The upshot of this justification is that Horowitz plays Mozart. But need there be a downside, that Mozart is off-limits to the rest of us, when he so clearly needn't be, that his music is actually a boon to the amateur more than nearly any class of performer? I think it's time we set Mozart, and amateur musicians, free from this bromide.

6 comments:

Gawain said...

Perhaps what is hard about mozart is the same thing that is hard about slow arias. In their case there is no technical complexity to hide behind, no technical mastery with which the fool the audience.

To play mozart well requires -- a beautiful soul!

Sei Shonagon reports playing Mozart harder than Bach for this reason. but she claims playing Scarlatti is harder still ("it makes no sense", she says, meaning that it has a structure all of its own, not your usual theme-reprise-modulation-second theme-first variation and so forth).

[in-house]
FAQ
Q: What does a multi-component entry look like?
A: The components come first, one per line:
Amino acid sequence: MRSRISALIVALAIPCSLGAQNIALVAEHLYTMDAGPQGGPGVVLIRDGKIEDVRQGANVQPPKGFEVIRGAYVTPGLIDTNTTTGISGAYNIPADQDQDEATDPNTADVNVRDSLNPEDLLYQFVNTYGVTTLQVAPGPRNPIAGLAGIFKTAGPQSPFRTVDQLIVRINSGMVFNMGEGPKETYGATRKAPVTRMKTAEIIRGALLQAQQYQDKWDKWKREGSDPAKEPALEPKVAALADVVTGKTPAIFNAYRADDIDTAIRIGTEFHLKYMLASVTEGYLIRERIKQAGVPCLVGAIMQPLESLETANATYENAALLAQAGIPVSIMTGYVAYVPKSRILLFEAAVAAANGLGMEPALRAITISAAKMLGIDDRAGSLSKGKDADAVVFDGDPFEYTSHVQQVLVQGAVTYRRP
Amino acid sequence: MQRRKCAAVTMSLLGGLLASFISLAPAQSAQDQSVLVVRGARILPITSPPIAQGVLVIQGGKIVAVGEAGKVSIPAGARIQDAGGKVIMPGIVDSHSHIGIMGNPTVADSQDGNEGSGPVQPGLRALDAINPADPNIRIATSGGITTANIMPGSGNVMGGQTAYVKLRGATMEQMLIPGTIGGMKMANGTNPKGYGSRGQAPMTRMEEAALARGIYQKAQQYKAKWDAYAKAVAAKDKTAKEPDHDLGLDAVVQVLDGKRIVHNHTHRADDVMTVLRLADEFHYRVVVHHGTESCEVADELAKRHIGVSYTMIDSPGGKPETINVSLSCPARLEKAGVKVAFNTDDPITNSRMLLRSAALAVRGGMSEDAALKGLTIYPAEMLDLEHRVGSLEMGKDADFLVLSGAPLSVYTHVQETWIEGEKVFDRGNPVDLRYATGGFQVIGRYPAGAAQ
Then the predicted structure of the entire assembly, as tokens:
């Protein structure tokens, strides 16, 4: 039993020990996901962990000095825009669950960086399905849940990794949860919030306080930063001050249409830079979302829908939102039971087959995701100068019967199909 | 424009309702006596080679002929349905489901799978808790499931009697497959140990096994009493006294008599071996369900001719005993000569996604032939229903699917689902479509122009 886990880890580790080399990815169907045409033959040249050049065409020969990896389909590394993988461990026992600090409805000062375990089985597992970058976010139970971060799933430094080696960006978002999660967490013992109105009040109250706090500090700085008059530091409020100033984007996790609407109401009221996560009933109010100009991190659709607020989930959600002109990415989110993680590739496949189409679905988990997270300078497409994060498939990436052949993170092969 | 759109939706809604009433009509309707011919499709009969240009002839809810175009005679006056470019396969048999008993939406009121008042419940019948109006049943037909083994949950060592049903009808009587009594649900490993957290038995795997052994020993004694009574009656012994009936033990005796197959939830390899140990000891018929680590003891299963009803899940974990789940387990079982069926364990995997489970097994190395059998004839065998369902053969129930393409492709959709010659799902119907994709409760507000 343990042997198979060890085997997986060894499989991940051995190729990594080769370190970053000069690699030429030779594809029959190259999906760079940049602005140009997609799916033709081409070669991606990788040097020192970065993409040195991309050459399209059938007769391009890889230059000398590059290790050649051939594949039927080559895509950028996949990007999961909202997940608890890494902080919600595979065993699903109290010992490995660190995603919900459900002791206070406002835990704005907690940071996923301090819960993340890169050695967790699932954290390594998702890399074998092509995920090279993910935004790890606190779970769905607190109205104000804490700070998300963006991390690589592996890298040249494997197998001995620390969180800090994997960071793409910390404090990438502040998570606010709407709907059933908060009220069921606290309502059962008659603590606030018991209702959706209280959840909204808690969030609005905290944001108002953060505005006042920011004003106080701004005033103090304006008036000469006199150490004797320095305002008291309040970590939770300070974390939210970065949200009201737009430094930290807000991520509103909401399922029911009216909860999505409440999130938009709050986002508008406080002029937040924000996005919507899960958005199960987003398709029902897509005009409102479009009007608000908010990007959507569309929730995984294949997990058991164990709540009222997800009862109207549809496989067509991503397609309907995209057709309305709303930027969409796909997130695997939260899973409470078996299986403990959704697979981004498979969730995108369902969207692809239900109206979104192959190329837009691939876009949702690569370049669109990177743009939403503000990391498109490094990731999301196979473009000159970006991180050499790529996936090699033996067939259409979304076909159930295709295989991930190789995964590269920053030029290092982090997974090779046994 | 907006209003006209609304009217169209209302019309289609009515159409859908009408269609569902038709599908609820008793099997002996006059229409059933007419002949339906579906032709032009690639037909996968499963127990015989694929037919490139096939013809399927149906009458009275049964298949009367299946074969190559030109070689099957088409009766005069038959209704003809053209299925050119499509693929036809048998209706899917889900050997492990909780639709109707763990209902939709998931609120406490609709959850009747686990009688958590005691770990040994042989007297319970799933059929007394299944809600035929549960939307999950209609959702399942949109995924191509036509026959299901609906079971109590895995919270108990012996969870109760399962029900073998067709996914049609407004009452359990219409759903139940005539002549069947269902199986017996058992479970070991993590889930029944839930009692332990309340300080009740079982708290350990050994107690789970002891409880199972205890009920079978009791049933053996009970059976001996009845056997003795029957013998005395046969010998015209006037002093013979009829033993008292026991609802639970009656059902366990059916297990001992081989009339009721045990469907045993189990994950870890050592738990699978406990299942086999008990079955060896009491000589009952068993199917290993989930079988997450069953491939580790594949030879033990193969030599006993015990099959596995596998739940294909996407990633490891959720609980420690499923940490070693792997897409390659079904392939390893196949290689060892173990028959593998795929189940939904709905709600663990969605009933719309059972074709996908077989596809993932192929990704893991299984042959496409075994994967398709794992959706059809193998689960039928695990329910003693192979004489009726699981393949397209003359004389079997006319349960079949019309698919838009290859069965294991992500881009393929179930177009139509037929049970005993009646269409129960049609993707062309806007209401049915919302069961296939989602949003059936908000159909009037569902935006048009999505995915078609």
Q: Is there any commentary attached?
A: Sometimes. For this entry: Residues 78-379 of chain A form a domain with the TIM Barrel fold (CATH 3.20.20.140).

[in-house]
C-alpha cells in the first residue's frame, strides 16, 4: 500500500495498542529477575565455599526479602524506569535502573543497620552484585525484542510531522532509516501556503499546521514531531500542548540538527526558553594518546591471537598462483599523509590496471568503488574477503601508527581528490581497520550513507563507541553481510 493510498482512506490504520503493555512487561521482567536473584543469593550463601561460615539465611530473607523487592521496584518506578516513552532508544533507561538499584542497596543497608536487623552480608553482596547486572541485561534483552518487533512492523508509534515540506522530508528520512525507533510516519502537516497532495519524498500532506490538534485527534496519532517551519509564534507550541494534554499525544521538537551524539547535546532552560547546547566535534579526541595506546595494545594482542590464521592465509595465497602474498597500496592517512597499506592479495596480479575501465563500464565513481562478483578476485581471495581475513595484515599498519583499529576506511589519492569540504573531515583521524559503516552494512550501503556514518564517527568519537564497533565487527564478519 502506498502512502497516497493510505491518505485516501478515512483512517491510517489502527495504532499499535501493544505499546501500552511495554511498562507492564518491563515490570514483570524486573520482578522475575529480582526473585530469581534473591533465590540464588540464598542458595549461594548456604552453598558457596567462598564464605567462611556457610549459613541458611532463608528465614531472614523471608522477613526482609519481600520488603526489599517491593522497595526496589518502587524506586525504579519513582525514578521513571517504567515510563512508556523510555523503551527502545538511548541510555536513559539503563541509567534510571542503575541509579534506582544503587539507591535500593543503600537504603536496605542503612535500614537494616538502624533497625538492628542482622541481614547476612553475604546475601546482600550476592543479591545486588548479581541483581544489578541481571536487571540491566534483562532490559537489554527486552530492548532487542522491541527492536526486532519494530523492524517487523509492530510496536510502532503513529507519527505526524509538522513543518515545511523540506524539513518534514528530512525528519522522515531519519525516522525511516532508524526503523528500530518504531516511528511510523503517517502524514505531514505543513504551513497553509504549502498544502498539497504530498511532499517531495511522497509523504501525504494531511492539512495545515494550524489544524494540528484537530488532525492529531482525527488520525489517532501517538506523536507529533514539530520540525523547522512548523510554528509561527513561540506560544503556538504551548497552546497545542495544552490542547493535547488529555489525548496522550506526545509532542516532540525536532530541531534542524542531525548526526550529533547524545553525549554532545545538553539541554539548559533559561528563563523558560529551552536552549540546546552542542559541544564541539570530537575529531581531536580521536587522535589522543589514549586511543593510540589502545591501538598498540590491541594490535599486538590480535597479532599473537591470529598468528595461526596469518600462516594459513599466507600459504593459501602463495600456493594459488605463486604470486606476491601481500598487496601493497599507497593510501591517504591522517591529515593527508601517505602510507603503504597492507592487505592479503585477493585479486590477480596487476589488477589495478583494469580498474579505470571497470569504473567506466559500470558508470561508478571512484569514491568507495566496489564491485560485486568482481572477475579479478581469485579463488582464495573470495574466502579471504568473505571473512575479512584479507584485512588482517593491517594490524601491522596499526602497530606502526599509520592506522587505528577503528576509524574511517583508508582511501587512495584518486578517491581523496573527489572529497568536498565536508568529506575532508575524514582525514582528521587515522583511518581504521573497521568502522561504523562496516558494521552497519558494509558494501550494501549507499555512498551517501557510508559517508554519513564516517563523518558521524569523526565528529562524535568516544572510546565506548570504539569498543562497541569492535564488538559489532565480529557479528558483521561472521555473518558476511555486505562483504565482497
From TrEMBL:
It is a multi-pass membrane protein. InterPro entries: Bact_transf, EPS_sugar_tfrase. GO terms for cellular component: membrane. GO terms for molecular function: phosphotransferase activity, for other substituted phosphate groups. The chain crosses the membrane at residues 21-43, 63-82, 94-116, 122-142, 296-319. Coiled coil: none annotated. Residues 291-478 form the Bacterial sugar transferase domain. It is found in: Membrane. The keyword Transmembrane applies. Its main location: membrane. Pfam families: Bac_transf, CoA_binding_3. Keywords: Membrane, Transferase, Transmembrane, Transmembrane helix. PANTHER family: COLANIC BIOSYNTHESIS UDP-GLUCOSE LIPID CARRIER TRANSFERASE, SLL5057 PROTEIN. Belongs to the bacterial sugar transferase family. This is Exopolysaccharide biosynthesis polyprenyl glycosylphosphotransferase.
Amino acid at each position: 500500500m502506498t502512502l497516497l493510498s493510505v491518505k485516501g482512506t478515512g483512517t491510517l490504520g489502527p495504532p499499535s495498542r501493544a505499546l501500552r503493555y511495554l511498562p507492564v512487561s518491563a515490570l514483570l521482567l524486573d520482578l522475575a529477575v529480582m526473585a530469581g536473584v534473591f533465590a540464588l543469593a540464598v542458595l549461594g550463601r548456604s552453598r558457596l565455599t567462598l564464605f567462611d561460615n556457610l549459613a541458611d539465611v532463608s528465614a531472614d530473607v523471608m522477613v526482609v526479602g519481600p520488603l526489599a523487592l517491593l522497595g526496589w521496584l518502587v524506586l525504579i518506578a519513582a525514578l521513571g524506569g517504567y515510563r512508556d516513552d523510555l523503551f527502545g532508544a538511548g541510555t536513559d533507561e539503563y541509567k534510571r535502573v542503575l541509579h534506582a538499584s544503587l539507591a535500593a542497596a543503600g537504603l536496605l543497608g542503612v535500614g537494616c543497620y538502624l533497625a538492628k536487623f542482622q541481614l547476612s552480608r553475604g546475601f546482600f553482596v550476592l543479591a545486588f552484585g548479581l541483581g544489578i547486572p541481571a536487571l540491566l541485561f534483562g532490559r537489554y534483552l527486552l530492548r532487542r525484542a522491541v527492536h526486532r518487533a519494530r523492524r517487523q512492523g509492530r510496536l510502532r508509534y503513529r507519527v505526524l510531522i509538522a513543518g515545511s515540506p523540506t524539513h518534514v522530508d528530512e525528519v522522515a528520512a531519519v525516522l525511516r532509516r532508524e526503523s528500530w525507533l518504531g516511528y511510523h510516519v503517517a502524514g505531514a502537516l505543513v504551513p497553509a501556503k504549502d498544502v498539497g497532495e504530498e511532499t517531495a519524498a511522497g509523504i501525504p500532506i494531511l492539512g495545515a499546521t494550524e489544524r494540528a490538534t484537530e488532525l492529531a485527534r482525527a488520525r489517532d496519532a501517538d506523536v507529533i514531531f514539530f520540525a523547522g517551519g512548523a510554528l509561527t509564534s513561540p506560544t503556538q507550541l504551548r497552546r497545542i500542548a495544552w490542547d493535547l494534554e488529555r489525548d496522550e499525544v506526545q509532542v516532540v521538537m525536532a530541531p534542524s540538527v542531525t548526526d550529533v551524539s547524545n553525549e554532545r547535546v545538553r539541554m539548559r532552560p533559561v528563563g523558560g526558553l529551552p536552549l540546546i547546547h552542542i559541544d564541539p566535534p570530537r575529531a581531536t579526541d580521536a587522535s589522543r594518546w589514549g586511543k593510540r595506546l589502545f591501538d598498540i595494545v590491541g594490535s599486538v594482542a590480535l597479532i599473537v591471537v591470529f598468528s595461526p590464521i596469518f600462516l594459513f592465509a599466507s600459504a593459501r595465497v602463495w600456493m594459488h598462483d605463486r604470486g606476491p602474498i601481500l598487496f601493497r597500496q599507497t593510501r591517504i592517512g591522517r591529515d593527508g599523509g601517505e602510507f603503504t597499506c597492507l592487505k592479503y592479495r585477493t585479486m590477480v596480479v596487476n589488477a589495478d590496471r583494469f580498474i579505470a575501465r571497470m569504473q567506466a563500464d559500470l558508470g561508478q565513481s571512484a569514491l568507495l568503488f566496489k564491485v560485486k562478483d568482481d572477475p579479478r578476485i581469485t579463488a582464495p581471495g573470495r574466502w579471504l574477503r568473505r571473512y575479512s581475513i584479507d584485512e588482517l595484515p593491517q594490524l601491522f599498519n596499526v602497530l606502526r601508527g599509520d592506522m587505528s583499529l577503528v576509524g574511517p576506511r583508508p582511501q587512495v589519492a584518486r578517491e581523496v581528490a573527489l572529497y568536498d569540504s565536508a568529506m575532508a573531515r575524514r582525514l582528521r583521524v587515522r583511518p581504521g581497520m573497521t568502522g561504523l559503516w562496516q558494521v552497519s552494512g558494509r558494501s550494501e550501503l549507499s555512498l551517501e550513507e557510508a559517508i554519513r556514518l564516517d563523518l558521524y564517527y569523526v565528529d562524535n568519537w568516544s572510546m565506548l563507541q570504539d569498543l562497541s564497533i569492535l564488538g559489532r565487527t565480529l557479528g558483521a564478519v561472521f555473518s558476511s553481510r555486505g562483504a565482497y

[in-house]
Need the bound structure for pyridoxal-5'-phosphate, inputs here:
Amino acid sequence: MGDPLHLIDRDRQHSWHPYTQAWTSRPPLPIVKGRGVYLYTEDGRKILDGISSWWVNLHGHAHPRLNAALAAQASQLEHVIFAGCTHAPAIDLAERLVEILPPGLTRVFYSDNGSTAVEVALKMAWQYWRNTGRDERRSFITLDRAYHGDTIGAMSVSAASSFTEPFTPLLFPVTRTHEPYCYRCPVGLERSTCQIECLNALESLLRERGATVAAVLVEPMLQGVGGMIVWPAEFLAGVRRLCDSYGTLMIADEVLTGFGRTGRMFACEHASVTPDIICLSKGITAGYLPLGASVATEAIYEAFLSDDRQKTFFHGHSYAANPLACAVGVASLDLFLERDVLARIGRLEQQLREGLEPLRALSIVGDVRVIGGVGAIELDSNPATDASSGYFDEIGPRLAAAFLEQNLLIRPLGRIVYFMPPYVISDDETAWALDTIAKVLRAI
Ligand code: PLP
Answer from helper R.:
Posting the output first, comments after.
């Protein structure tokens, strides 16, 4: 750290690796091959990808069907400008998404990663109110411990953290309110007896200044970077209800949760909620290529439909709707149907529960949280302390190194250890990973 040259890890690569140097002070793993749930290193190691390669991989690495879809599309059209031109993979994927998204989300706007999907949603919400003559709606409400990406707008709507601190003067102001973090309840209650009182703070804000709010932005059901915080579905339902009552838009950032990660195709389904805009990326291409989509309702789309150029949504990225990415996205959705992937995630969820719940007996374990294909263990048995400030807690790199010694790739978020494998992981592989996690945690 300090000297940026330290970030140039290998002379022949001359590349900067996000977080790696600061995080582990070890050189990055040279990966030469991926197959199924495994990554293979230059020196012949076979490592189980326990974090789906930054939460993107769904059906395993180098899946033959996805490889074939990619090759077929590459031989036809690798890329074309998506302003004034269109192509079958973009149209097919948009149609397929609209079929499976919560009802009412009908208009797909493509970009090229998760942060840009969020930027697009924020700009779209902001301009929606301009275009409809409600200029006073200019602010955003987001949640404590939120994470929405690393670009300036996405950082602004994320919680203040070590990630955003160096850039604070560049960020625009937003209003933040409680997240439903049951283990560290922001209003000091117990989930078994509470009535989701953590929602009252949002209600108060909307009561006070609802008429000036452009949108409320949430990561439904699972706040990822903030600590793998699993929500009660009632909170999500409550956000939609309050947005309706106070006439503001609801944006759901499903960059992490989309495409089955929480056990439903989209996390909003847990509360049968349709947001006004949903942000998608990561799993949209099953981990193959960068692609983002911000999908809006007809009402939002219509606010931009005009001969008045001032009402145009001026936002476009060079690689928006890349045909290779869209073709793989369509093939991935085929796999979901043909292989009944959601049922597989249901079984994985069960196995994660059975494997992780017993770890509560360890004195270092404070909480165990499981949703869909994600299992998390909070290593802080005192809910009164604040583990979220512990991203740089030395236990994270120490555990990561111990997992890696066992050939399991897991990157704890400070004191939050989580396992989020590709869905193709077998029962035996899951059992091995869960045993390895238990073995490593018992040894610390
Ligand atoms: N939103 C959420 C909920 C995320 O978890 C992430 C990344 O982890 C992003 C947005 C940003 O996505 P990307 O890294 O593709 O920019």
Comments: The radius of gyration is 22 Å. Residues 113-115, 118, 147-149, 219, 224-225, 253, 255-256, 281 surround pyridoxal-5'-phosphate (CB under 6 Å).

I love Mozart madly. What beauty, what humor, what charm, what wit, what manners. And it is not true that he is happy go lucky -- just listen to Don Giovanni's La Liberta chorus!

I have a Mozart-related post coming up.

Andrew W. said...

As someone who's soul is blacker than tar, I take deep exception to that remark. I too can play Mozart beautifully, despite my limitless capacity for evil!

And I also love Mozart, although not in the way I do Beethoven, who I find as I get older is just increasingly under my skin. My enjoyment in playing or listening to Mozart is very close to yours.